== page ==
A suburban accountant admitted Wednesday he helped bilk the Chicago Cubs out of hundreds of thousands of dollars while also embezzling another $358,000 from a cancer patient.
Joseph Gurdak, 73, pleaded guilty to one count of mail fraud and one count of filing a false tax return, charges that could land him in prison for as many as 23 years. However, he could see as little 30 months in prison if he cooperates with federal prosecutors during an upcoming trial revolving around a fraud scheme at a Wrigleyville rooftop business.
Gurdak is the second person in as many days to plead guilty in connection with that scheme as prosecutors gear up to put Marc Hamid, the former co-owner of Skybox on Sheffield, on trial. Hamid allegedly underreported Skybox’s gross revenue by about $1.5 million, shorting the Cubs and local governments to the tune of at least $600,000 in royalty and tax payments.
Facing U.S. District Judge Thomas M. Durkin, Gurdak admitted he helped Hamid file false royalty statements with the Cubs that underreported Skybox attendance between 2007 and 2015, costing the Cubs $364,000 in royalties. He also admitted he filed a false tax return for 2012, failing to report $91,340 he embezzled from a client that year who was being treated for cancer.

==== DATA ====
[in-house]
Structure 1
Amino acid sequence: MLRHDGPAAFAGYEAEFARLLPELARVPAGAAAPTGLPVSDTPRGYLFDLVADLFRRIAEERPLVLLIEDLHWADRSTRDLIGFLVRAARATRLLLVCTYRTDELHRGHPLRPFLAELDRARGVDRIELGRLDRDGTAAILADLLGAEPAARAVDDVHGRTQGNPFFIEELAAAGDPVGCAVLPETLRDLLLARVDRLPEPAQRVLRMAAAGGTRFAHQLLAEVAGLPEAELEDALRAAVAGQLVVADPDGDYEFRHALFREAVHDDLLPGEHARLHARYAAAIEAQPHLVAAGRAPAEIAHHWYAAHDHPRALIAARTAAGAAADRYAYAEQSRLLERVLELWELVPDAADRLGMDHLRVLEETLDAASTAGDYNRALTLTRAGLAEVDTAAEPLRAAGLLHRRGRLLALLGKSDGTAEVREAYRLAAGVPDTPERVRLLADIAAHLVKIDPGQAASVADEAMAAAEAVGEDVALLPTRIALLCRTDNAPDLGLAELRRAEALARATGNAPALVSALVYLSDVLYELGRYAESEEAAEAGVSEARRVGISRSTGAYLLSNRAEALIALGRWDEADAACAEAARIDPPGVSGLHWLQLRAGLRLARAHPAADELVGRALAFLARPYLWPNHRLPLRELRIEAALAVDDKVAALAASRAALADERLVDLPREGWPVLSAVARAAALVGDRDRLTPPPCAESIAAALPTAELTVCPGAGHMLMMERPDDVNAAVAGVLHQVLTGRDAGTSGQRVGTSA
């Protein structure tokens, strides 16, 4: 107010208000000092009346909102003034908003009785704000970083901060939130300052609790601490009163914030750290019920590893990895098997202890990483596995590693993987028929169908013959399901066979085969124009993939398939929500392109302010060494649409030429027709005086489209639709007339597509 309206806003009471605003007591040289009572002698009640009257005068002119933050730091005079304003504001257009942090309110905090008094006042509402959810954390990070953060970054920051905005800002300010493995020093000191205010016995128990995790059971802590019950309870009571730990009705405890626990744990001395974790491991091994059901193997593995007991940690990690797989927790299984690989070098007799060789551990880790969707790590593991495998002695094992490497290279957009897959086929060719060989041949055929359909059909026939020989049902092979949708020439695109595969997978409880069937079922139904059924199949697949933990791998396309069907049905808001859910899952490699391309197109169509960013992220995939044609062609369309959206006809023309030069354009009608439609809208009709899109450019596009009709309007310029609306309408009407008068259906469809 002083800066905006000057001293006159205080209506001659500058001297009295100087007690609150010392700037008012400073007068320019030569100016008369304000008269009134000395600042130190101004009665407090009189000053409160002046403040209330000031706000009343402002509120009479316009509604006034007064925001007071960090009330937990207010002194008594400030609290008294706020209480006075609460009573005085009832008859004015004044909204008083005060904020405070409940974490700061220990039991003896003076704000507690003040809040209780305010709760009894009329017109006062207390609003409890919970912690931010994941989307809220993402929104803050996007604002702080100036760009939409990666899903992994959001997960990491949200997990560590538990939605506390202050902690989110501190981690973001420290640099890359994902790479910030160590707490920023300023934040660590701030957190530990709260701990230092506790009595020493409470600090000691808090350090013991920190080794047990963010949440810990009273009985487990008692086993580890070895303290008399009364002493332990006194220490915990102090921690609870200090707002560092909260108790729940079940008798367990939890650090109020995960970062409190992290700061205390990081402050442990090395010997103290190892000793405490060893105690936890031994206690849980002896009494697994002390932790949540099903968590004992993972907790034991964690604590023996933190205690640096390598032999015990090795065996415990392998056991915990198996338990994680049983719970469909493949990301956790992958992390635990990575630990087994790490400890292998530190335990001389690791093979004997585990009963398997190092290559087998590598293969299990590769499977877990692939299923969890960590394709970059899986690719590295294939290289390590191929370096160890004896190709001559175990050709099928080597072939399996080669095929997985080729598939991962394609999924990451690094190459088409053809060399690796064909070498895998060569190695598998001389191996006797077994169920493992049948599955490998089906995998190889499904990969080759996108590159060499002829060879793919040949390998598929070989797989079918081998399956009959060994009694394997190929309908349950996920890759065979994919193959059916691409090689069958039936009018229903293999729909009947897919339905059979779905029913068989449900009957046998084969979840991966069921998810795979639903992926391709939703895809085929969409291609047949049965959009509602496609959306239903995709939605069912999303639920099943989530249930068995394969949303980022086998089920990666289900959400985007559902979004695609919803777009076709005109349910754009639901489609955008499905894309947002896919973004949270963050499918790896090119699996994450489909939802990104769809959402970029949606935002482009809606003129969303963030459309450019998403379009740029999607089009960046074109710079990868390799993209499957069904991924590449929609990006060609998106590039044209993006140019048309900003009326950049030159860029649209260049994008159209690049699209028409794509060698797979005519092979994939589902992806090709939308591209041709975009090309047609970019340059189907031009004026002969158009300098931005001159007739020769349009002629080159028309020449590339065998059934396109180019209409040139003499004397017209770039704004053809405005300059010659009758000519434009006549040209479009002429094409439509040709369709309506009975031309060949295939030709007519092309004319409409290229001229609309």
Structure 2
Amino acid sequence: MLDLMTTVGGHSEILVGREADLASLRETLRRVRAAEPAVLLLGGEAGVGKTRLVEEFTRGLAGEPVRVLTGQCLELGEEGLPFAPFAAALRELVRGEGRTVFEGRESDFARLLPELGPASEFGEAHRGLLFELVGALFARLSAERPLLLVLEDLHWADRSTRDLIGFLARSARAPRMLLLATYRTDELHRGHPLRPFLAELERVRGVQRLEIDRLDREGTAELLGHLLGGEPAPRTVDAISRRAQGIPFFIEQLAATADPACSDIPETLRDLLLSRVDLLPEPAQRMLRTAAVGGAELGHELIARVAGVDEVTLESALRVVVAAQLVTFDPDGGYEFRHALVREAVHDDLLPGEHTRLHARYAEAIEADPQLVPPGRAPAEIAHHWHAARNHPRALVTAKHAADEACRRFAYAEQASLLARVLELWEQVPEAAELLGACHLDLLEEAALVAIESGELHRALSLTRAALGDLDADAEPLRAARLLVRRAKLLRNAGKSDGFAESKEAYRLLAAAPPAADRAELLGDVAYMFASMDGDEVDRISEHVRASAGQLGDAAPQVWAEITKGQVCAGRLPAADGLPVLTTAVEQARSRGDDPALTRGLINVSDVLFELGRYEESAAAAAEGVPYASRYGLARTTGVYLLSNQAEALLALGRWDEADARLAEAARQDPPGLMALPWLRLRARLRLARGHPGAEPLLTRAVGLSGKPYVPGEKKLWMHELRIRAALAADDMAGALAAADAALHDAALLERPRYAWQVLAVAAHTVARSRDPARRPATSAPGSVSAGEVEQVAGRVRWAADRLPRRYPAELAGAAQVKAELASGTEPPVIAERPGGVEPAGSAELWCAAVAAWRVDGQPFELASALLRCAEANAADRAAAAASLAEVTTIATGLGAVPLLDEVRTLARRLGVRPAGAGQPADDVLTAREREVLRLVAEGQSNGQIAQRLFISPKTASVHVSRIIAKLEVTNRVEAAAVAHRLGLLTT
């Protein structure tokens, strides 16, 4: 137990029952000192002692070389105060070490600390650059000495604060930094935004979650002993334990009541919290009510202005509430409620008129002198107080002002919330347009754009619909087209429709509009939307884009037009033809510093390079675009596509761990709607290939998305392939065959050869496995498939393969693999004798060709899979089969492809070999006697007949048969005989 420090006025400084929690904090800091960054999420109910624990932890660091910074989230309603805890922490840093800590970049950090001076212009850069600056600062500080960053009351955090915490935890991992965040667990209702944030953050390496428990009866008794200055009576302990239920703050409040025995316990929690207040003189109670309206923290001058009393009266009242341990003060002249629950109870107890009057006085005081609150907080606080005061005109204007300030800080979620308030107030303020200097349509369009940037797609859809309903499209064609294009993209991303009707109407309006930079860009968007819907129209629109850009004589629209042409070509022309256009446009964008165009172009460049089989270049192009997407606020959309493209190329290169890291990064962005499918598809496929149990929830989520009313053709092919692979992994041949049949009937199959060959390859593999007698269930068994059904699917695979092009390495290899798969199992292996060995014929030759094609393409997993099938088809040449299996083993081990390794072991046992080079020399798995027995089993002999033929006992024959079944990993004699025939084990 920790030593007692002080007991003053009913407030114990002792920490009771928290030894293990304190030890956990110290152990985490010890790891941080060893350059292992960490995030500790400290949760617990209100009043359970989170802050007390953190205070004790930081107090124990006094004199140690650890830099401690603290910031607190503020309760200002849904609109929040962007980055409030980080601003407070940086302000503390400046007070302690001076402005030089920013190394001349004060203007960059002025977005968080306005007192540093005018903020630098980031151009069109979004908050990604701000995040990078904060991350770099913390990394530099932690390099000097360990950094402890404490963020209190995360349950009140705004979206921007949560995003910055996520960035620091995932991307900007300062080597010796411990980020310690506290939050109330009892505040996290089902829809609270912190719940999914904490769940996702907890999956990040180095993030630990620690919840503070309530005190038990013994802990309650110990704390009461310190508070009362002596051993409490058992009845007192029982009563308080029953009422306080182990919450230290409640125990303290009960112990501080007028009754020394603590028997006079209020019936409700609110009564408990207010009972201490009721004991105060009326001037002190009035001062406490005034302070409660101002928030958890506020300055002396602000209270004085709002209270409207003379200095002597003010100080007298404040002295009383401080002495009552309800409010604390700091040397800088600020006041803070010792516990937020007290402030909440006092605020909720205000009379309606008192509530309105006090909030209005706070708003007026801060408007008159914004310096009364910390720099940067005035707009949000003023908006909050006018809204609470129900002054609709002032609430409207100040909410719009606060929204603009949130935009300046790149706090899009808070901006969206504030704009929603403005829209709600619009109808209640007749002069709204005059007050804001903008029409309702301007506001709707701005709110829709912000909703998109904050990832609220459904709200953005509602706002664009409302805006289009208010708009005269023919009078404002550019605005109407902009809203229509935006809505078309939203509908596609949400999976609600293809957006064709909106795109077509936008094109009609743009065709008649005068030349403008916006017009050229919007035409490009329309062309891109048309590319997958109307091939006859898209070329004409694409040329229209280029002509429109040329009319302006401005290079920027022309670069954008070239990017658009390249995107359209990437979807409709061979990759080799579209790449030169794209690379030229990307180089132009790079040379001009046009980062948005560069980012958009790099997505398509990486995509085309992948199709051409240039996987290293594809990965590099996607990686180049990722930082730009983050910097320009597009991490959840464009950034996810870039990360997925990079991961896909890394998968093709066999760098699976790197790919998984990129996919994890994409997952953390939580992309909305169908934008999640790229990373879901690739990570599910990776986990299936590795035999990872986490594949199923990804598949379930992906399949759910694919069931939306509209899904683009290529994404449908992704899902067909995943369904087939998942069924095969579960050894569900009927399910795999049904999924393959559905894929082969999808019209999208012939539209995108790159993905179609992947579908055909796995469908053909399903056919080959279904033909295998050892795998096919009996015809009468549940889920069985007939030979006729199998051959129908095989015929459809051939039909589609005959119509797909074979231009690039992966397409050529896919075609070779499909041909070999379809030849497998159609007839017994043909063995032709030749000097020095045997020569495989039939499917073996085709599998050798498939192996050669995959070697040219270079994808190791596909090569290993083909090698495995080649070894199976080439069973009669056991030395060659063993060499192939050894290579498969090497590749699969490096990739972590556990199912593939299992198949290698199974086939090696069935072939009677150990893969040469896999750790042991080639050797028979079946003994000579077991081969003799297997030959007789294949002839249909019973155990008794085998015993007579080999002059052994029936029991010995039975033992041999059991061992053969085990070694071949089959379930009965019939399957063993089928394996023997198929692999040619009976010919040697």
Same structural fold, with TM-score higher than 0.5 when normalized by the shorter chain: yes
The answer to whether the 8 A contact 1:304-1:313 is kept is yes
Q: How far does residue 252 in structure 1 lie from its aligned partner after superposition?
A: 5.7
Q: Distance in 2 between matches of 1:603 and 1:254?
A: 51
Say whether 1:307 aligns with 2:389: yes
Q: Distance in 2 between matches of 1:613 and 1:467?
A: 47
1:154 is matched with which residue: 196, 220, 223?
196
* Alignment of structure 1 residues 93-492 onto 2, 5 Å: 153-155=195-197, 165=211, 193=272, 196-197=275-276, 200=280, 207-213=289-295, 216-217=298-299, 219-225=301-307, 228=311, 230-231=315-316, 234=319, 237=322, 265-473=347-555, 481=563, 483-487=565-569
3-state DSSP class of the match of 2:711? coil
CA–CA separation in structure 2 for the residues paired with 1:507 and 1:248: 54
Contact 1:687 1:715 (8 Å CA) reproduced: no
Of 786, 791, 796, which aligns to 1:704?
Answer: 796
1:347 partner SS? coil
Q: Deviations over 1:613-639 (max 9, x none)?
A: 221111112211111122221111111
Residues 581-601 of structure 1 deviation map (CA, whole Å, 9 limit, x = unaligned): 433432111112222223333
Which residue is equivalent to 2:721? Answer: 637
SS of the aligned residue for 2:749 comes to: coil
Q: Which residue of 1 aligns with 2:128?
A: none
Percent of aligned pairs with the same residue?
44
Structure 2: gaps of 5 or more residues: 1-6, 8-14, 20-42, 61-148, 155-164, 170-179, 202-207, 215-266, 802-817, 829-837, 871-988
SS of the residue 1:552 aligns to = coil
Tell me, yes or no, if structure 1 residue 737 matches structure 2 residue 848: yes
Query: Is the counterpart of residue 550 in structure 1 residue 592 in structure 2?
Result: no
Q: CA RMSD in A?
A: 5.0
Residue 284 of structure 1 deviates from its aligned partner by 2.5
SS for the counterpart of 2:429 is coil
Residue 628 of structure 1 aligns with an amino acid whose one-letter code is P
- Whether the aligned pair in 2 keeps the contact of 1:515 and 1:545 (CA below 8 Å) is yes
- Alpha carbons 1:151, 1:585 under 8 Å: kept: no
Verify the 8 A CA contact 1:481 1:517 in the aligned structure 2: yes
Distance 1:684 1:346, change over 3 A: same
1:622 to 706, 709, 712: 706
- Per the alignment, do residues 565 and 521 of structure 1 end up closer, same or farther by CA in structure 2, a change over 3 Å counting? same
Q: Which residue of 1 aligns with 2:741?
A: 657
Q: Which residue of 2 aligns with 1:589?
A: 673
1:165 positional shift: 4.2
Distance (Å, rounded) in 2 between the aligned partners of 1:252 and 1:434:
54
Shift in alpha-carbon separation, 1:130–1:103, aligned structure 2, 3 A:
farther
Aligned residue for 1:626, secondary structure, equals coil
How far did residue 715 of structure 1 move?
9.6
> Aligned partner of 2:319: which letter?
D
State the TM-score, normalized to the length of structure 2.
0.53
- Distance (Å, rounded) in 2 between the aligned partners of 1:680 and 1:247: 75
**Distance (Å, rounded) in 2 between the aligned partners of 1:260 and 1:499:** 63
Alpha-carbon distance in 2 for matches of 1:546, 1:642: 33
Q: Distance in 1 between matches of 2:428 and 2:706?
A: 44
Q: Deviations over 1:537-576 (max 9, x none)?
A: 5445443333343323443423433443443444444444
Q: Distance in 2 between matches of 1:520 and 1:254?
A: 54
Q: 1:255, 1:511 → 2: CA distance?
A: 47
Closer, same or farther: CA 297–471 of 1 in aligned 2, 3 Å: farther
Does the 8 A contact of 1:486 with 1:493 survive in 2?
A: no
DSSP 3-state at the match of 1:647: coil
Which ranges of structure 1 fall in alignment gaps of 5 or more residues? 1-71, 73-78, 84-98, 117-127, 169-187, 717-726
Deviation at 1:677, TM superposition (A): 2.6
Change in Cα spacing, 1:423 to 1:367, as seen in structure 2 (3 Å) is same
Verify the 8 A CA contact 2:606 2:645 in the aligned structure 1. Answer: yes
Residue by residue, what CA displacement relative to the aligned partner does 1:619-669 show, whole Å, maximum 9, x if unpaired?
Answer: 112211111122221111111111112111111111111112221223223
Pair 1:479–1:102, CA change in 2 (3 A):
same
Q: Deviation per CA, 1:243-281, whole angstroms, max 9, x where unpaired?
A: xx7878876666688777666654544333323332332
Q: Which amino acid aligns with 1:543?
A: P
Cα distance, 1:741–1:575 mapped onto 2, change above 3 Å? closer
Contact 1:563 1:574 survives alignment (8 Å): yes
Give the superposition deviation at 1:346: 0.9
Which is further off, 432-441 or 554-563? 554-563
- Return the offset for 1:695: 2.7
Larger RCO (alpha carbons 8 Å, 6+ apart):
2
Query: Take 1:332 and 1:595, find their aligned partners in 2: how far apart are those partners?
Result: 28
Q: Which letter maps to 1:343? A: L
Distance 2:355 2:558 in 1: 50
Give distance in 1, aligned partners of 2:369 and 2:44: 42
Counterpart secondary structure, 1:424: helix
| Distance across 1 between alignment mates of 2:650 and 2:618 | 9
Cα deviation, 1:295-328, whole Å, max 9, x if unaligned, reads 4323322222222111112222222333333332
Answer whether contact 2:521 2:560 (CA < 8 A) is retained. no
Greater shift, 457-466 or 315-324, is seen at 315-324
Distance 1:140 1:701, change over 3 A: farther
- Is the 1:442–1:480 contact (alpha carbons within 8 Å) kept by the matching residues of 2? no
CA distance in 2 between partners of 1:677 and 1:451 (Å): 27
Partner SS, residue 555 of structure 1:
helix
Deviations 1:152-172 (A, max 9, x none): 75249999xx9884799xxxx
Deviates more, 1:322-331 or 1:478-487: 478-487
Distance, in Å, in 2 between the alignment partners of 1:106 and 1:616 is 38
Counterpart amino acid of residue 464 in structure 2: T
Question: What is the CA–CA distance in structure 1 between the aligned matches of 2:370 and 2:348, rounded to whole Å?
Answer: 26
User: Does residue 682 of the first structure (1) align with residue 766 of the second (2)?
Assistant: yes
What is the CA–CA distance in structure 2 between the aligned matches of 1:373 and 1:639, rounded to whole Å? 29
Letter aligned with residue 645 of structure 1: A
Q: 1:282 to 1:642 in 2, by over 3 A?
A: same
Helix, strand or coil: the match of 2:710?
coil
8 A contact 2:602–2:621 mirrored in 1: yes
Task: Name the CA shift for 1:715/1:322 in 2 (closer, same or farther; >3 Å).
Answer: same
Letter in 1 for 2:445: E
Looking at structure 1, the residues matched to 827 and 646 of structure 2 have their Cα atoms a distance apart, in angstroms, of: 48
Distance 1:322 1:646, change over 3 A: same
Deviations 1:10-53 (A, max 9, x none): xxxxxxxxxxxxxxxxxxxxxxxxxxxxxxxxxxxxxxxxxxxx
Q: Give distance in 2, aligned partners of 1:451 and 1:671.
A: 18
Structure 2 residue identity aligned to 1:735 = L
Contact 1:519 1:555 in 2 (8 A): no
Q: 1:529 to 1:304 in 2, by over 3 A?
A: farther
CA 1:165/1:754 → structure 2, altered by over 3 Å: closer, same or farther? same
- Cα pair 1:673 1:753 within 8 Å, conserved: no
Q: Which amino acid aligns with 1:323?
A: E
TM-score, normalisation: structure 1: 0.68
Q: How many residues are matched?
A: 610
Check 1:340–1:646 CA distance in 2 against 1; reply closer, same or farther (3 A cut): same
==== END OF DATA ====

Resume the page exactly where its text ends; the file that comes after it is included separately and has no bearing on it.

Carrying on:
In all, a federal prosecutor said Gurdak embezzled $358,208 from that client between 2011 and 2013 — shorting the IRS by $38,800. Gurdak’s attorney, Steven Fritzshall, said the client has been repaid.
“I apologize for what I’ve done, and my behavior,” Gurdak, of Park Ridge, told the judge.
Gurdak’s guilty plea follows an admission by former suburban cop Richard Zasiebida, who pleaded guilty Tuesday to dodging about $140,000 in federal taxes in connection with Hamid’s alleged fraud scheme. Zasiebida could see as little as a year in prison by cooperating with the feds during Hamid’s trial. Neither man’s sentencing hearing has been set.
Hamid was charged with four counts of mail fraud in March 2015. Since then, the feds have hit him with additional counts of fraud and structuring bank transactions. Attorneys for Skybox said Hamid was “relieved of all duties and responsibilities” immediately after his original indictment.